"There is a strong relationship between poverty and early childbearing," he said.
Given the growing number of young people using more than one type of contraceptive -- as high as 30 percent in some groups -- analysts said there is evidence that teens are concerned about unwanted pregnancy and diseases spread through intercourse. When used correctly, condoms are highly effective at reducing the risk of AIDS, syphilis and gonorrhea.
"The messages have been toward protecting yourself against not only pregnancy but also STD [sexually transmitted disease] transmission," said Joyce Abma, lead author of the report. "There are many female methods that prevent against pregnancy but not STDs. Finally, the messages are being picked up and acted upon."
Every type of contraception, including the newer injectable methods and the high-dose "emergency" oral pill, was more widely used by teenagers in 2002 than before, the study found.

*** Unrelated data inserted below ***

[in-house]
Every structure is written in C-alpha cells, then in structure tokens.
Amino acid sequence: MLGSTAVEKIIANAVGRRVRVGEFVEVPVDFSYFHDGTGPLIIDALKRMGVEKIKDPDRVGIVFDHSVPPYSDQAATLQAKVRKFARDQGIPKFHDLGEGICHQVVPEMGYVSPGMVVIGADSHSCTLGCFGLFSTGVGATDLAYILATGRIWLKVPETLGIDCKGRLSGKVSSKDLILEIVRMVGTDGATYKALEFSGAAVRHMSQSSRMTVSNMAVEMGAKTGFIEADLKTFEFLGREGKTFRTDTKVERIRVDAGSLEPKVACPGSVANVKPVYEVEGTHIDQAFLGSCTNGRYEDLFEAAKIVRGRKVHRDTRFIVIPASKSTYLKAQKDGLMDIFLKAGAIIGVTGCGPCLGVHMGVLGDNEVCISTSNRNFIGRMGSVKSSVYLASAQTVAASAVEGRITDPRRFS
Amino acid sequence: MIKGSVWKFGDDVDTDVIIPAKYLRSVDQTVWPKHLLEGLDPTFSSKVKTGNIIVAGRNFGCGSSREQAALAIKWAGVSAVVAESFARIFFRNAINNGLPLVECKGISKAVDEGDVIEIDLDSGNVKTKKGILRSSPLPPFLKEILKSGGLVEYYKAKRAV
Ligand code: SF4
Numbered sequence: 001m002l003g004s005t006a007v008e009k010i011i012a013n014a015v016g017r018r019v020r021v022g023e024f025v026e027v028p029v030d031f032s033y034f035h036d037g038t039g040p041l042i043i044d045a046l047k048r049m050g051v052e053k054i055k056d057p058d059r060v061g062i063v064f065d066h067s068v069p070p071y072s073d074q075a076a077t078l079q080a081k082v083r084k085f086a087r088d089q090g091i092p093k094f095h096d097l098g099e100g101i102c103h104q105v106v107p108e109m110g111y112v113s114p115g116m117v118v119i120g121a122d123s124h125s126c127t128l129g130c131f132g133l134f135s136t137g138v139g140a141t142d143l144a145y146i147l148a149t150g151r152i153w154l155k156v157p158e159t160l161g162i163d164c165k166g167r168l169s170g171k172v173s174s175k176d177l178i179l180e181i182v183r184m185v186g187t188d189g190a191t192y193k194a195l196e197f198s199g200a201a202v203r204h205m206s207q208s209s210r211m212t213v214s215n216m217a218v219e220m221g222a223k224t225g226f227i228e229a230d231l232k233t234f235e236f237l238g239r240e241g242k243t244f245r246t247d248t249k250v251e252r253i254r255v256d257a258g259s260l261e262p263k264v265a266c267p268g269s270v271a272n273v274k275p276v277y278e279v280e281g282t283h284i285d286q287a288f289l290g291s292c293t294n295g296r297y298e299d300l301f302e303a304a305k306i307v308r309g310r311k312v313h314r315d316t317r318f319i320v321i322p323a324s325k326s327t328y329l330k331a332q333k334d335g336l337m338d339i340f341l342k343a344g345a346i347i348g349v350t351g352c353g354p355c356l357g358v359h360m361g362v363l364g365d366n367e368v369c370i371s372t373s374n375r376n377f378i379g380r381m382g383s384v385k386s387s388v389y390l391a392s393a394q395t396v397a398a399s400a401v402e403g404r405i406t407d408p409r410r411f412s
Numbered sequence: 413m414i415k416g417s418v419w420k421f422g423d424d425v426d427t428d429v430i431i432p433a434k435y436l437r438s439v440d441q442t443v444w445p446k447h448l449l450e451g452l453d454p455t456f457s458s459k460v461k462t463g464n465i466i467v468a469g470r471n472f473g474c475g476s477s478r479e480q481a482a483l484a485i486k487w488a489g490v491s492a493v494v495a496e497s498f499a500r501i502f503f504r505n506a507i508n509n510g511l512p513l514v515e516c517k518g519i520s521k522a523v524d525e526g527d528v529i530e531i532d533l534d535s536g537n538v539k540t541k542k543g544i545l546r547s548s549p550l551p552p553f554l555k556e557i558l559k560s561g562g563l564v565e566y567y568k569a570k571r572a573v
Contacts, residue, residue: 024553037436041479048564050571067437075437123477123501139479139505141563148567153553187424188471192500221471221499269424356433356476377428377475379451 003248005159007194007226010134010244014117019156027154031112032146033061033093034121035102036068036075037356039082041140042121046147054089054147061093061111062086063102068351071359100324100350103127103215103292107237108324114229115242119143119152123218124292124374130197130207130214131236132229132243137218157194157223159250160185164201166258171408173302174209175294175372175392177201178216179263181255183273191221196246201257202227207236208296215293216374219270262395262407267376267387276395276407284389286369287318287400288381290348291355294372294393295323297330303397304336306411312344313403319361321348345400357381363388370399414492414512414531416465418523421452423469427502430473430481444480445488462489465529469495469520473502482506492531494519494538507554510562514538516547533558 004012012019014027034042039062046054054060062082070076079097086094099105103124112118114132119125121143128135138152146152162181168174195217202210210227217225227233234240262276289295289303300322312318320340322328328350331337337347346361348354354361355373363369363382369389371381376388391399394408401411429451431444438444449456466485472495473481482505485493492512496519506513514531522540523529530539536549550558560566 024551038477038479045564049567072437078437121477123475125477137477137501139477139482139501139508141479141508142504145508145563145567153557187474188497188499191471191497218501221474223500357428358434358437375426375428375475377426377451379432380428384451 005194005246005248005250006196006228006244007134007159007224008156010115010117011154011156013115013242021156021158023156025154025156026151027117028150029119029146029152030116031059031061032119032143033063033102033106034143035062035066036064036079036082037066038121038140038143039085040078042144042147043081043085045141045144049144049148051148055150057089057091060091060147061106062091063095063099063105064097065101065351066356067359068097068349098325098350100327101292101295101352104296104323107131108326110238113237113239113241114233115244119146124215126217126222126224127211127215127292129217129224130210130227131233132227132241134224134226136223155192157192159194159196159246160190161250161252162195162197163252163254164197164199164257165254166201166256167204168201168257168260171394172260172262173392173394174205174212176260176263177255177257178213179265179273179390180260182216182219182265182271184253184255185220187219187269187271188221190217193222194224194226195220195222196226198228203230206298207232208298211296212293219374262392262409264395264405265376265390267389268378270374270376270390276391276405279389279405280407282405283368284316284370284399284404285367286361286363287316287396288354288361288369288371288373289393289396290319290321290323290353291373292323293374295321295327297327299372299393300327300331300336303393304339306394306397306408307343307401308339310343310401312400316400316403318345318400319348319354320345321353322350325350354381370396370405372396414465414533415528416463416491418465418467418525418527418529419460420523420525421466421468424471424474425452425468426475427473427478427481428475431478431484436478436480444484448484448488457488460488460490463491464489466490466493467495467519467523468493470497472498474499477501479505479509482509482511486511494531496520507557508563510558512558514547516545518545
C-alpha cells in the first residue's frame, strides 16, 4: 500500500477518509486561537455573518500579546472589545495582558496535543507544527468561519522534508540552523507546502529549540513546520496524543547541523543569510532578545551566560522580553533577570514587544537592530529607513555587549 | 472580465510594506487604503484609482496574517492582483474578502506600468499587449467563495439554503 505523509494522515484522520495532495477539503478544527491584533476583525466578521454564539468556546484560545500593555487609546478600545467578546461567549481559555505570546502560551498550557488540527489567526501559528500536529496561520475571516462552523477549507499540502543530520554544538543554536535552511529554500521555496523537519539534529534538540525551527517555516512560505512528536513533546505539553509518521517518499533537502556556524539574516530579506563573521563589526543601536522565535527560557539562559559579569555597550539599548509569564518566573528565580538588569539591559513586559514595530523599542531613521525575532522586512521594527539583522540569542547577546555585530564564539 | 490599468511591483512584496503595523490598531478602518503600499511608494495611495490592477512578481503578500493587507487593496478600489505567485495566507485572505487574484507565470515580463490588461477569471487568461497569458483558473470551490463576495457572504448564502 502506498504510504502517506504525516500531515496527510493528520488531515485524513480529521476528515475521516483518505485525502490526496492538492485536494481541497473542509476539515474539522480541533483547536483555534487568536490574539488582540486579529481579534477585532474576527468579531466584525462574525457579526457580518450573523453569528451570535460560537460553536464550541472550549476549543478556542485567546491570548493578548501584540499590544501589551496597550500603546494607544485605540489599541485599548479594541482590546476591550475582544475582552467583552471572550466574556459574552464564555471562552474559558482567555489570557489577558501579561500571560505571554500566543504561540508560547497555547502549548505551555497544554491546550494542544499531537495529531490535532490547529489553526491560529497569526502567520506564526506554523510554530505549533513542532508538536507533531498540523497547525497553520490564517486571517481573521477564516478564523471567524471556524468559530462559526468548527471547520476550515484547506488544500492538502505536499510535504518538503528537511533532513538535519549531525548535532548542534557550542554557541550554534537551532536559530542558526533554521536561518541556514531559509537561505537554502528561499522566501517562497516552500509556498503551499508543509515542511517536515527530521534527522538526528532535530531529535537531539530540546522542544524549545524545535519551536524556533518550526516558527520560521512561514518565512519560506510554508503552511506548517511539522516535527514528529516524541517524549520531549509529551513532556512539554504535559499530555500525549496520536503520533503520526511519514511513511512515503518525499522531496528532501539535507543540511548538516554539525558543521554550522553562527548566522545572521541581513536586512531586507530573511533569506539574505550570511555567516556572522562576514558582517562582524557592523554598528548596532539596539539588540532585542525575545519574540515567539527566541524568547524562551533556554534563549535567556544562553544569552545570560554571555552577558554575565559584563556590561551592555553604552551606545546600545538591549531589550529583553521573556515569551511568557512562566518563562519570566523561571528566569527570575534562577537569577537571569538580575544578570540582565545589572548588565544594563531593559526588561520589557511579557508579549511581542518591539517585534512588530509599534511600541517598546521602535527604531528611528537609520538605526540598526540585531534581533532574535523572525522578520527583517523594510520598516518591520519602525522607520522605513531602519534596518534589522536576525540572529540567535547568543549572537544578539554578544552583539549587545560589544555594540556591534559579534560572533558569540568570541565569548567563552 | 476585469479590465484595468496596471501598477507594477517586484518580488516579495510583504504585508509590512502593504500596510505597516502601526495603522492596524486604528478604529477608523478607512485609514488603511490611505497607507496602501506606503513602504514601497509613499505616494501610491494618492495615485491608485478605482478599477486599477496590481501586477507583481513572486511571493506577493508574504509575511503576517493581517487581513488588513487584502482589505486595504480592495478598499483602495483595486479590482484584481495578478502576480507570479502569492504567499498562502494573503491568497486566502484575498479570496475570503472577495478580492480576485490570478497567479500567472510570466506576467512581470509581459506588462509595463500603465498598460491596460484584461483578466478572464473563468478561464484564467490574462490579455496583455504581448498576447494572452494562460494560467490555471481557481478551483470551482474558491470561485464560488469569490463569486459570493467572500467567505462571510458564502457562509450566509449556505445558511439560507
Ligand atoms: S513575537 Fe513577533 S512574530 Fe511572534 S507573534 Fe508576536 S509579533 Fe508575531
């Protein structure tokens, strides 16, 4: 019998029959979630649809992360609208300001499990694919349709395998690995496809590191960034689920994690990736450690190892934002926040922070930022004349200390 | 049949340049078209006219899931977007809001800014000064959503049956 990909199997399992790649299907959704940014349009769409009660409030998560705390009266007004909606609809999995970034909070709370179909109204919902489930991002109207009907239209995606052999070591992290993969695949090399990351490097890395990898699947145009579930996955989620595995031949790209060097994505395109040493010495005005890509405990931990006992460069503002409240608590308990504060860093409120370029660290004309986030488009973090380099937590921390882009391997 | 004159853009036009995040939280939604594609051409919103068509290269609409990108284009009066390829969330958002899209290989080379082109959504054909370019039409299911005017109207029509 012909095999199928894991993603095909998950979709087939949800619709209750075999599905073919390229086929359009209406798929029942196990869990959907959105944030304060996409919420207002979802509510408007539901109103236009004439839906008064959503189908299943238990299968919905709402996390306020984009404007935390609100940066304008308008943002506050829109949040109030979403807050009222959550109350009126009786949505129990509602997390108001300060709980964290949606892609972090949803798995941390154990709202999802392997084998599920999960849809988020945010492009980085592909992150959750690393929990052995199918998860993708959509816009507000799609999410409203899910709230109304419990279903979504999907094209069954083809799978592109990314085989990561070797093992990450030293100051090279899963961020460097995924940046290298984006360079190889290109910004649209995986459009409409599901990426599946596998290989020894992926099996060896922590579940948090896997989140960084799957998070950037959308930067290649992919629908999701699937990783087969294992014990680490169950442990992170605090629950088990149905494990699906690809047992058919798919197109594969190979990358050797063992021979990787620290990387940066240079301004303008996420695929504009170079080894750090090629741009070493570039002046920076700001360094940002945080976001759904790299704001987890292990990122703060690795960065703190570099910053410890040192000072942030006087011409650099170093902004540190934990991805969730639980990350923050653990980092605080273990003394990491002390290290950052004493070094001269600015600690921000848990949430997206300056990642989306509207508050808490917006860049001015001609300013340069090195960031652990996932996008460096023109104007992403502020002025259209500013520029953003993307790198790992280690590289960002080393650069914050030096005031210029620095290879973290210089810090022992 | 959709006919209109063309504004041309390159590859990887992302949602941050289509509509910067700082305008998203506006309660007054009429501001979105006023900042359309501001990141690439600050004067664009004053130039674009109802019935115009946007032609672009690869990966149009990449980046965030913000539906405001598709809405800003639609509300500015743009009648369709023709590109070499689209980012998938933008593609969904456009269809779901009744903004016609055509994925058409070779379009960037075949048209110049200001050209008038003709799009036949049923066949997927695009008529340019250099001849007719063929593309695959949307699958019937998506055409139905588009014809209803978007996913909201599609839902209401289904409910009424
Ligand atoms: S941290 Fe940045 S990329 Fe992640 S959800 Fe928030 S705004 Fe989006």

"The really good news is that kids are waiting. They are getting to maturity so they can make healthier choices," said Joneen Krauth-Mackenzie, executive director of the Denver-based Abstinence and Relationship Training Center. "Kids are seeing the cause and effect; they know they need to do something to reduce the risk."
The next step is to shift the focus from contraception to abstinence, she said. "When you engage in those kind of behaviors, you reduce your risk but you don't protect."
The survey did raise questions about where young people get information on reproductive health. One-third of teenagers said they did not learn about contraception in school, and only half of young women and one-third of young men said they had discussed birth control with a parent before turning 18.
"It's quite shocking how little information they're getting from adults," said Cynthia Dailard, senior public policy associate at the nonpartisan Alan Guttmacher Institute.